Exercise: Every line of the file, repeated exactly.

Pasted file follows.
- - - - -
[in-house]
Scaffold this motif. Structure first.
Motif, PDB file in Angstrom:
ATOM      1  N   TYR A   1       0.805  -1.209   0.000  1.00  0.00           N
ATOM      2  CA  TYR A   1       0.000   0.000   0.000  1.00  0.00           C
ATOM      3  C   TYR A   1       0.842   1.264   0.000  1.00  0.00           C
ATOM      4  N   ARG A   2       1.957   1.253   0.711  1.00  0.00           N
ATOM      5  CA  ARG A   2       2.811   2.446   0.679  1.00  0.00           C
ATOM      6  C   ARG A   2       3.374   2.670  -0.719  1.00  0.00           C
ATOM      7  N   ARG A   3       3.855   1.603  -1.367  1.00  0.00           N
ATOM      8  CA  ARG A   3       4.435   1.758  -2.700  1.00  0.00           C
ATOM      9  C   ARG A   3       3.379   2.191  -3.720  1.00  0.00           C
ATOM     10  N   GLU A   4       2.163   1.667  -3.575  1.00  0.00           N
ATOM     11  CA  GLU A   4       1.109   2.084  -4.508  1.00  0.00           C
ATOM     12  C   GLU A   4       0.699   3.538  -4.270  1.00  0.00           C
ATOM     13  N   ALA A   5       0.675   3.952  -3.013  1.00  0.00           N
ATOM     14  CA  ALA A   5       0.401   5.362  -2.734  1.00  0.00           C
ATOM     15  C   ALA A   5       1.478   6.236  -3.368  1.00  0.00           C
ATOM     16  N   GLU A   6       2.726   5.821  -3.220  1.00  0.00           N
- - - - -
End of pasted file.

[in-house]
Scaffold this motif. Structure first.
Motif, PDB file in Angstrom:
ATOM      1  N   TYR A   1       0.805  -1.209   0.000  1.00  0.00           N
ATOM      2  CA  TYR A   1       0.000   0.000   0.000  1.00  0.00           C
ATOM      3  C   TYR A   1       0.842   1.264   0.000  1.00  0.00           C
ATOM      4  N   ARG A   2       1.957   1.253   0.711  1.00  0.00           N
ATOM      5  CA  ARG A   2       2.811   2.446   0.679  1.00  0.00           C
ATOM      6  C   ARG A   2       3.374   2.670  -0.719  1.00  0.00           C
ATOM      7  N   ARG A   3       3.855   1.603  -1.367  1.00  0.00           N
ATOM      8  CA  ARG A   3       4.435   1.758  -2.700  1.00  0.00           C
ATOM      9  C   ARG A   3       3.379   2.191  -3.720  1.00  0.00           C
ATOM     10  N   GLU A   4       2.163   1.667  -3.575  1.00  0.00           N
ATOM     11  CA  GLU A   4       1.109   2.084  -4.508  1.00  0.00           C
ATOM     12  C   GLU A   4       0.699   3.538  -4.270  1.00  0.00           C
ATOM     13  N   ALA A   5       0.675   3.952  -3.013  1.00  0.00           N
ATOM     14  CA  ALA A   5       0.401   5.362  -2.734  1.00  0.00           C
ATOM     15  C   ALA A   5       1.478   6.236  -3.368  1.00  0.00           C
ATOM     16  N   GLU A   6       2.726   5.821  -3.220  1.00  0.00           N